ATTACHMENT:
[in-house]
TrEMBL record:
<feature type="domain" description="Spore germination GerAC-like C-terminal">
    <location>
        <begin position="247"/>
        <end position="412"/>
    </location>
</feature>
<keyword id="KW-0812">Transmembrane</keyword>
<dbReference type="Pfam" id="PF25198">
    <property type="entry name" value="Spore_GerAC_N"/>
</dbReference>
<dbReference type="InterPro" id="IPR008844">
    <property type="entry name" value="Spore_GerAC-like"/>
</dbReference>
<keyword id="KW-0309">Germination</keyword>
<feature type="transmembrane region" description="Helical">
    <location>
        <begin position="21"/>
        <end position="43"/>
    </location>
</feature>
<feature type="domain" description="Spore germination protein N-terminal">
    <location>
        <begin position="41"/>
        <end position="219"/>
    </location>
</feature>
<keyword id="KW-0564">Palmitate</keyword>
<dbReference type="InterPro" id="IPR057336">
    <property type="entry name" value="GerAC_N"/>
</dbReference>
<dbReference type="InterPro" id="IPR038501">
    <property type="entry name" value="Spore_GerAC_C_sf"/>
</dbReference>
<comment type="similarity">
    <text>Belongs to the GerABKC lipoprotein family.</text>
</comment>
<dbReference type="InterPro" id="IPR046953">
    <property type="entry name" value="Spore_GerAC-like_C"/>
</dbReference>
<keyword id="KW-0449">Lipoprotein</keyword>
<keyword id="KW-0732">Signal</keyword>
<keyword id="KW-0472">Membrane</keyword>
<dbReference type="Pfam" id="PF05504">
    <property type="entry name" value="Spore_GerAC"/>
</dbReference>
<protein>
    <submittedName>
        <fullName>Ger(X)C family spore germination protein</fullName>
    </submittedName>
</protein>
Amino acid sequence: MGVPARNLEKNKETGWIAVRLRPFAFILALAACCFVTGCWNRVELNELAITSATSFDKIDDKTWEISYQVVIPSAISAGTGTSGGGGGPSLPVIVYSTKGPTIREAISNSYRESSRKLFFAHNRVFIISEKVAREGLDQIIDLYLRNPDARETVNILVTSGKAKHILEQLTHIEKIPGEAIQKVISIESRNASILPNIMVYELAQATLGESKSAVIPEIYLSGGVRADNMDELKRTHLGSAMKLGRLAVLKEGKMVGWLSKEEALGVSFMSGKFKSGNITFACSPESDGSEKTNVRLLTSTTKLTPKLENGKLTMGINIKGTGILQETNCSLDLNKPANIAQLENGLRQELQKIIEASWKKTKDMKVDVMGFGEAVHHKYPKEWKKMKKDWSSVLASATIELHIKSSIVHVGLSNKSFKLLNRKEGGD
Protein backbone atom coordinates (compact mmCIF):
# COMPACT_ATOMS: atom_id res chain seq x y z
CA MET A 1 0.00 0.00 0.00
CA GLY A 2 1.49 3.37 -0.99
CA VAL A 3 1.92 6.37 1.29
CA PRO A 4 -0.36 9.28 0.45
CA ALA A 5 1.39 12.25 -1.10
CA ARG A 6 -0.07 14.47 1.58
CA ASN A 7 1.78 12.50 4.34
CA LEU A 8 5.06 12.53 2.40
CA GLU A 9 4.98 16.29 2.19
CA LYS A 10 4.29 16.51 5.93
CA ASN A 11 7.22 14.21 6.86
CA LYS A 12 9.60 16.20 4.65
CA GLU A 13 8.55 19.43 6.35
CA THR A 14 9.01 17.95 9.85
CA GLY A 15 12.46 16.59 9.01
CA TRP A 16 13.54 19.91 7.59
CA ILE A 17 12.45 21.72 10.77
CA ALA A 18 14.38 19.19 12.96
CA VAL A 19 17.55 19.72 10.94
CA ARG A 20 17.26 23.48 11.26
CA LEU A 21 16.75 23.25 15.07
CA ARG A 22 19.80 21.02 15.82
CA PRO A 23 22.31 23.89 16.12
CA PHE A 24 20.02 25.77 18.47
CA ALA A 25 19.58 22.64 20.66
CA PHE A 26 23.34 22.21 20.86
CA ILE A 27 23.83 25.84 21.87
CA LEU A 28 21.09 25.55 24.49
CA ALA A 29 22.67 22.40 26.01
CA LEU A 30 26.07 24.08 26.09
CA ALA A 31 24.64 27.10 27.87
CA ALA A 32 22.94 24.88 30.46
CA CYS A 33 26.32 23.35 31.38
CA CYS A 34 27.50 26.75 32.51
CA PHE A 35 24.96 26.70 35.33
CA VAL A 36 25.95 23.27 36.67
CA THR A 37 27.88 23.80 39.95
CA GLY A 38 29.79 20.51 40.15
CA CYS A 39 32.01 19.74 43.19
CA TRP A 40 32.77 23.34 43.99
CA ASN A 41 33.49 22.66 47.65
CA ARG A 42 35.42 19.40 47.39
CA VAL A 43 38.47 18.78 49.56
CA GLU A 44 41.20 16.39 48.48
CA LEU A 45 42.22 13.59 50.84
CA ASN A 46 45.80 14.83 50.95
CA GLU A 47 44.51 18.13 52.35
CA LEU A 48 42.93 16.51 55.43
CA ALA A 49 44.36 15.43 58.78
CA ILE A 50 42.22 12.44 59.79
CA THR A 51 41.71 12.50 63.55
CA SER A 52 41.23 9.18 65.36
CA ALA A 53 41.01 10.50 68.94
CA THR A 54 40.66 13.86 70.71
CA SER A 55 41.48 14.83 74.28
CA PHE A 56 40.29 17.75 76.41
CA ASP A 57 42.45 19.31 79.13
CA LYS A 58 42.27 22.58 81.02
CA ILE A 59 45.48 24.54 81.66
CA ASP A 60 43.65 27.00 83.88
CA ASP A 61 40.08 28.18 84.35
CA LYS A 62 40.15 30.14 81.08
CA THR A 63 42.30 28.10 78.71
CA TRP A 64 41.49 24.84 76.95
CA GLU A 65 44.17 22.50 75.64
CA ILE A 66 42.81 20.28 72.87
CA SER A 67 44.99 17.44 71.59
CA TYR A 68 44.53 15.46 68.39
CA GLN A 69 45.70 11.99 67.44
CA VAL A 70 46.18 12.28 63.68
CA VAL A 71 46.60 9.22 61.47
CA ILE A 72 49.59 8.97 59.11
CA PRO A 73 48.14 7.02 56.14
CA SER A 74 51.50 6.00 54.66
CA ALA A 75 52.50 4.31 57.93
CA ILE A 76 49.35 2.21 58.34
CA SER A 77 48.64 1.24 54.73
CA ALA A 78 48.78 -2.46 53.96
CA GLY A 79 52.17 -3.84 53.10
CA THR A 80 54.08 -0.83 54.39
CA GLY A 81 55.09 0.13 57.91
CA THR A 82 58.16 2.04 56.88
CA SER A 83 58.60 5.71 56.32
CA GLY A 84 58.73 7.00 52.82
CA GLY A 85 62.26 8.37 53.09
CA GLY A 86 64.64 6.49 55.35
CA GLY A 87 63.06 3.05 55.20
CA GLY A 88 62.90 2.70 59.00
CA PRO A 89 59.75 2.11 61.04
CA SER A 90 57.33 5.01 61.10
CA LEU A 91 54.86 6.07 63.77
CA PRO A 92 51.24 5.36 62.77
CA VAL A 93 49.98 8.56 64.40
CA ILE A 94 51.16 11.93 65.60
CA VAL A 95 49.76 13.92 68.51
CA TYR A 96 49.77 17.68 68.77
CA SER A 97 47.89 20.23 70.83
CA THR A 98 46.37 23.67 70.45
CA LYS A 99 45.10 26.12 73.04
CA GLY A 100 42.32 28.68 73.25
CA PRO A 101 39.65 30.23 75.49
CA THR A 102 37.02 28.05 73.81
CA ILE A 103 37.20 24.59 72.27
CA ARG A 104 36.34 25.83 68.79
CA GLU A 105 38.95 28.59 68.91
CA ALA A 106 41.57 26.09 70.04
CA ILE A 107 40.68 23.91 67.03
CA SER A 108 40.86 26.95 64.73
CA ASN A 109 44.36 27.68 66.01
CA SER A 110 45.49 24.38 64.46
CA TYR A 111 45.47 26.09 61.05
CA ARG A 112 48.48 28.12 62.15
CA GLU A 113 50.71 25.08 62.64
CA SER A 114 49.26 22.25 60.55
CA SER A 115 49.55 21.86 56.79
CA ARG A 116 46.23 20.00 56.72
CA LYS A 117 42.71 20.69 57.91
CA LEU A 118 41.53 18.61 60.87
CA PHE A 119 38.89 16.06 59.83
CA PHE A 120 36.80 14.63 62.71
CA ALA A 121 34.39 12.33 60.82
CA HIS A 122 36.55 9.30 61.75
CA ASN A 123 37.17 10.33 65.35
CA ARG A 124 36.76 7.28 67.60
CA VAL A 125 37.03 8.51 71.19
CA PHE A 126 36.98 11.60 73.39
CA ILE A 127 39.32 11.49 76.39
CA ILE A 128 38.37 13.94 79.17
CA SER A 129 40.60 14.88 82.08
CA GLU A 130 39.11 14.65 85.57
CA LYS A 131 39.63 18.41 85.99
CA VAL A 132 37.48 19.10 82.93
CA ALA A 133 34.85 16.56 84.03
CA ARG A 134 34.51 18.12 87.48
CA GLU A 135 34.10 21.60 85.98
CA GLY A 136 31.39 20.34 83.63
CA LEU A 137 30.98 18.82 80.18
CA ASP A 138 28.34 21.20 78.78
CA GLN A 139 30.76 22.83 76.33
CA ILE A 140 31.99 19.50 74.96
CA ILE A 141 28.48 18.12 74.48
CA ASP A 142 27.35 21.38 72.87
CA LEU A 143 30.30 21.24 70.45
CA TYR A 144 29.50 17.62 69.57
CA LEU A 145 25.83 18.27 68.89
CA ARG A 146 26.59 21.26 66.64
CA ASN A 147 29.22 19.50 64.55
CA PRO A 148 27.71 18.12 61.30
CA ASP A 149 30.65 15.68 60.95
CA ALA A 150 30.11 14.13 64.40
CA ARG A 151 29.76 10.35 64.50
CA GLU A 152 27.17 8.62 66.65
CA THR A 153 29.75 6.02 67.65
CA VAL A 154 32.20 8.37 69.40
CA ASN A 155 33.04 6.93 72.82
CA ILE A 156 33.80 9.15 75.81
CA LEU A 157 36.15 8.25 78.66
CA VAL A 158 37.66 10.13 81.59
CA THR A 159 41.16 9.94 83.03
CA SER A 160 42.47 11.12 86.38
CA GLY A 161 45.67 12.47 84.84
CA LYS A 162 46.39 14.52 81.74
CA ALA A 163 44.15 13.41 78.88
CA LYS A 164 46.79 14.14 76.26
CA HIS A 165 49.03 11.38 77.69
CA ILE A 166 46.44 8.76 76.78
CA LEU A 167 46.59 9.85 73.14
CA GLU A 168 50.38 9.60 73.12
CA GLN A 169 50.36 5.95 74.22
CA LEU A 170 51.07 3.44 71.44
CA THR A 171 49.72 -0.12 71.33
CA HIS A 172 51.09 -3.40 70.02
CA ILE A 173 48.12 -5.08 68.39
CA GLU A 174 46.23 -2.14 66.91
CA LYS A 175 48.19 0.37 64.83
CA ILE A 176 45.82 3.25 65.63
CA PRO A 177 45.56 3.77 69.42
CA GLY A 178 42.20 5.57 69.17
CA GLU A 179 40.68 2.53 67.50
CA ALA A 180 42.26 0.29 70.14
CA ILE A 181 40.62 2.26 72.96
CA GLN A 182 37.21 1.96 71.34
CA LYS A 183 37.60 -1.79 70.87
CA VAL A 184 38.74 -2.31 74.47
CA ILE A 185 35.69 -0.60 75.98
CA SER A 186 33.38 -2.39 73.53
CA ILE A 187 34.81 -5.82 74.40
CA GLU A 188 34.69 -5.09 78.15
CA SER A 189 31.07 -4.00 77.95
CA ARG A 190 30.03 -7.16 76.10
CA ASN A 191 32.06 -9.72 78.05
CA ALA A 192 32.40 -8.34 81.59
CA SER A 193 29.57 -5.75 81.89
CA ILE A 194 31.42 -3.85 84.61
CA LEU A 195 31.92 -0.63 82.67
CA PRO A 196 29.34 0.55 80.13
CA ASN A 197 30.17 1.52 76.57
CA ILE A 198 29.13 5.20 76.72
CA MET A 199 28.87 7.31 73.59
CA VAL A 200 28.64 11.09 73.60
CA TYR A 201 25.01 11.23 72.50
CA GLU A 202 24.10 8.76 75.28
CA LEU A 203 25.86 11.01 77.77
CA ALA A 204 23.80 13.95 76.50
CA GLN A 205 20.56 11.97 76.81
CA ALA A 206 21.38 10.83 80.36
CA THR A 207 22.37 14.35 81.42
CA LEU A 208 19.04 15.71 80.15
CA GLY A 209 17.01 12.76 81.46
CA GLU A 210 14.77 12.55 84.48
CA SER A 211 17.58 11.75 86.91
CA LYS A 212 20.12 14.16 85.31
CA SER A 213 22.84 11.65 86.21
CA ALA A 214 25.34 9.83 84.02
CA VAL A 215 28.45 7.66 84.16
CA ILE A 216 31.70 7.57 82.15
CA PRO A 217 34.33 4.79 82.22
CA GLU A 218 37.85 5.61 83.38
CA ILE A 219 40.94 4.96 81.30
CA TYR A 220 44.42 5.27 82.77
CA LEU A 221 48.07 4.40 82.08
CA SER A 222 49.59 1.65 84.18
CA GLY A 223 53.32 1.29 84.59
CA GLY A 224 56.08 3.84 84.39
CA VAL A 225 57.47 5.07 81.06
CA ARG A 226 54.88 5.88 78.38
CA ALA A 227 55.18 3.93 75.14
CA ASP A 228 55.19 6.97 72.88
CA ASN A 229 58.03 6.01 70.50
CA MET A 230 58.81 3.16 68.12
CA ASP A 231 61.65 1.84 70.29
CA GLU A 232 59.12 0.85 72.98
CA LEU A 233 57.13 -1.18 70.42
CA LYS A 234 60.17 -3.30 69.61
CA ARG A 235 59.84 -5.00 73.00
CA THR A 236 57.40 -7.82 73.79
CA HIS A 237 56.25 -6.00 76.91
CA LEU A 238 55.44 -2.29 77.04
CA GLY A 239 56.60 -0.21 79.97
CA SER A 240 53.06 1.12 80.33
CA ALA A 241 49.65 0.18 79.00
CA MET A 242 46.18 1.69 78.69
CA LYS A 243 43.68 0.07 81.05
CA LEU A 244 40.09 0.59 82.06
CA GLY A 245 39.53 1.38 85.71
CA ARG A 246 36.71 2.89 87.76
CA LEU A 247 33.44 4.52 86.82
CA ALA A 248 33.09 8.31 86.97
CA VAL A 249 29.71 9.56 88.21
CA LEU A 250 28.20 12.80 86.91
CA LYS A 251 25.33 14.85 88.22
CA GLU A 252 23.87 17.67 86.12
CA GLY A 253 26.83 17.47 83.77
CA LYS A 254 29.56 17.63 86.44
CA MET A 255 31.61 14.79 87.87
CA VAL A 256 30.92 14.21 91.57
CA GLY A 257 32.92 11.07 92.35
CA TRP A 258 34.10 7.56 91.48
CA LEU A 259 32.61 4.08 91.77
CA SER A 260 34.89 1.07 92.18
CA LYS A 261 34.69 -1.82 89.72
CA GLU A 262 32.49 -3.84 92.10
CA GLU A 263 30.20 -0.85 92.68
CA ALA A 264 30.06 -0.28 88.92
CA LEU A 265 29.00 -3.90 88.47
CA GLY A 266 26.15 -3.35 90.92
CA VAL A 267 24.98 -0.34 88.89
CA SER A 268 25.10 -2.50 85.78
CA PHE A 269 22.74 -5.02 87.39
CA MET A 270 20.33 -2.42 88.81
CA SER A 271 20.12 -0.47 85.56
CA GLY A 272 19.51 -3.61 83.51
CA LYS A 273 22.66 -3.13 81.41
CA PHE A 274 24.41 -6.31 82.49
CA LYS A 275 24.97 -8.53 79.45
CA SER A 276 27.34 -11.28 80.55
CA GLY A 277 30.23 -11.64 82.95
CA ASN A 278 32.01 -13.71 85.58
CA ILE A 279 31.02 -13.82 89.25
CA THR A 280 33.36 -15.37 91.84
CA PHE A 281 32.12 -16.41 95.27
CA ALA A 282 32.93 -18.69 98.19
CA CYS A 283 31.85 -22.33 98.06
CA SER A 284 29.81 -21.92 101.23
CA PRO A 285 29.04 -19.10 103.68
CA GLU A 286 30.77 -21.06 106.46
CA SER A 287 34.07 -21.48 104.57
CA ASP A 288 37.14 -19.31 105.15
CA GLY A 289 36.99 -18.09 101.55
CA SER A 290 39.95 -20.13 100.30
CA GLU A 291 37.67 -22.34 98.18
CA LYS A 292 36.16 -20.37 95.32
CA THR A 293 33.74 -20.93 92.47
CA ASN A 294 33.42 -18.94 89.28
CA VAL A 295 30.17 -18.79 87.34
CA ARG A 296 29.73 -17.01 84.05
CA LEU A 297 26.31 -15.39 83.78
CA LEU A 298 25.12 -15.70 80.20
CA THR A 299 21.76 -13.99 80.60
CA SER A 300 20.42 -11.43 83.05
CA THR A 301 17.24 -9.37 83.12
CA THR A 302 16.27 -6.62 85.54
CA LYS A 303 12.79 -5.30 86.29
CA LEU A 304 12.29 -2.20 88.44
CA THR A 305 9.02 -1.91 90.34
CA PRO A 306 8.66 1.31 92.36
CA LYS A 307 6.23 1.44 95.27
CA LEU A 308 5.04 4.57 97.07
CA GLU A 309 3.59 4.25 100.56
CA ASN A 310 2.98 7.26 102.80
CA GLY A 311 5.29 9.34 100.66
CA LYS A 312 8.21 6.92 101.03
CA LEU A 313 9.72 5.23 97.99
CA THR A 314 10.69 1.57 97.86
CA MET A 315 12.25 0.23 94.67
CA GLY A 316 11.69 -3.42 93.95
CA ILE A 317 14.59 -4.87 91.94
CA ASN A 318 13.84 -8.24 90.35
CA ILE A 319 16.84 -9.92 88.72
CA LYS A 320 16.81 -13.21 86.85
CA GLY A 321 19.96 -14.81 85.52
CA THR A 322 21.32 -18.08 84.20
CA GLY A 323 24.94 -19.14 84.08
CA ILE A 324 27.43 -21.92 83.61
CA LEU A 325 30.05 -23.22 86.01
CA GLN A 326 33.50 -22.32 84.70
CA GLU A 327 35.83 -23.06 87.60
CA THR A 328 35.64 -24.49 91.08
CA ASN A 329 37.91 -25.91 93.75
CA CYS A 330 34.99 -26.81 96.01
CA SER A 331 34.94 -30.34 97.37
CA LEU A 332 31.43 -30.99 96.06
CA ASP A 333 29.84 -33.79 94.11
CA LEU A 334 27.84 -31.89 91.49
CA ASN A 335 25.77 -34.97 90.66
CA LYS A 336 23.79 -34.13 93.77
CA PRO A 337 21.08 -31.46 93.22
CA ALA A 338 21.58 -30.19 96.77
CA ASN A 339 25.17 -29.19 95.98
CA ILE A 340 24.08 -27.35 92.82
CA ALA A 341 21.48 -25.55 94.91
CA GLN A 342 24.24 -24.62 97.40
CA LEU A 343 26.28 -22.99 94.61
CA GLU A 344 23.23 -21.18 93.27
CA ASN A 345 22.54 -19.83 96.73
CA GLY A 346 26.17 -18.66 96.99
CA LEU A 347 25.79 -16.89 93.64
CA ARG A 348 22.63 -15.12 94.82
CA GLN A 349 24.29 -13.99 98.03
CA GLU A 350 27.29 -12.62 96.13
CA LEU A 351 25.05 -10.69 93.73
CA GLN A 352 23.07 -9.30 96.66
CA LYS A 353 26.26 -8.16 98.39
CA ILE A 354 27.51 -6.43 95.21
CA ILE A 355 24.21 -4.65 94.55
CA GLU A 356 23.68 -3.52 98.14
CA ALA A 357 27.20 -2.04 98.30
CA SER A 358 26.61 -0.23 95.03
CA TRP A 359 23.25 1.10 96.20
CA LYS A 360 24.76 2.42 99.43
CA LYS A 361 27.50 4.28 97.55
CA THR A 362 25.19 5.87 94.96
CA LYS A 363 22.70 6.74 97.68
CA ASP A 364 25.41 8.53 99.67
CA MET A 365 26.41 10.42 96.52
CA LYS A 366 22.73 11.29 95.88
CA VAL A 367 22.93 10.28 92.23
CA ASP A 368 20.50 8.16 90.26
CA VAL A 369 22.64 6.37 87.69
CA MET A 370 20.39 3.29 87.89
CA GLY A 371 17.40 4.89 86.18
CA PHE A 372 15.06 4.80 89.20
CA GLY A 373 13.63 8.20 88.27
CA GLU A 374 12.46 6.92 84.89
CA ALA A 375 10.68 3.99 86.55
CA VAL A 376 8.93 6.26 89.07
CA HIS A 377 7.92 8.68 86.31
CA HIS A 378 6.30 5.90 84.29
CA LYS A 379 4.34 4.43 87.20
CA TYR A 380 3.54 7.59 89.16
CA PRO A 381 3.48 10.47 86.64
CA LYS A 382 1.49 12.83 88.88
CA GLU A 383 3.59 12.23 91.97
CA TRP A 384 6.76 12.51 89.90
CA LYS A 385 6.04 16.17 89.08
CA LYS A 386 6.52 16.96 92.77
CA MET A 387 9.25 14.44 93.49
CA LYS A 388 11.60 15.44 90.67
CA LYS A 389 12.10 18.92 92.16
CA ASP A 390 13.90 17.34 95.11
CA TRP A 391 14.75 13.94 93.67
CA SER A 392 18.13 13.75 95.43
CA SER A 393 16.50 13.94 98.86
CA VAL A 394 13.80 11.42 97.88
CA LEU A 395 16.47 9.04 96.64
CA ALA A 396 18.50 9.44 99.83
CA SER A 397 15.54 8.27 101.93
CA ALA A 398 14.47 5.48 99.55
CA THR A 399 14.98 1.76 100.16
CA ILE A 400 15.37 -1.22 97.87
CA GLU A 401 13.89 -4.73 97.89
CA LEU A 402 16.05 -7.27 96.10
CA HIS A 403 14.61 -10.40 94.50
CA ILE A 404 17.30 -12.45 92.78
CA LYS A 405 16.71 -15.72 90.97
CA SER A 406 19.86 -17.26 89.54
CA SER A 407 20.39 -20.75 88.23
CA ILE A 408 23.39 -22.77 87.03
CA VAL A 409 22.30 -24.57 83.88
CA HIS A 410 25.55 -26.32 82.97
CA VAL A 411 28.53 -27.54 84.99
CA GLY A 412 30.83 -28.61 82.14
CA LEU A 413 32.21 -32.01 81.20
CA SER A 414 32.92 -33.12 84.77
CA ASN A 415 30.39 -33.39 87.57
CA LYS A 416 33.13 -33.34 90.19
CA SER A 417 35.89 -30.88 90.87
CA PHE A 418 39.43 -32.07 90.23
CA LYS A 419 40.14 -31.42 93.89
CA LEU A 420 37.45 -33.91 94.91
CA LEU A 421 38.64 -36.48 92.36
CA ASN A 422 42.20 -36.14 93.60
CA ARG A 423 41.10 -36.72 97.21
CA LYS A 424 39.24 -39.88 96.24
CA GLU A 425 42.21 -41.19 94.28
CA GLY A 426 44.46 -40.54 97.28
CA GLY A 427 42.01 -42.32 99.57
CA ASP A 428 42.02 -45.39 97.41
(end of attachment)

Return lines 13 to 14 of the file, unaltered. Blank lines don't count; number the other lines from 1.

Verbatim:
<dbReference type="InterPro" id="IPR008844">
    <property type="entry name" value="Spore_GerAC-like"/>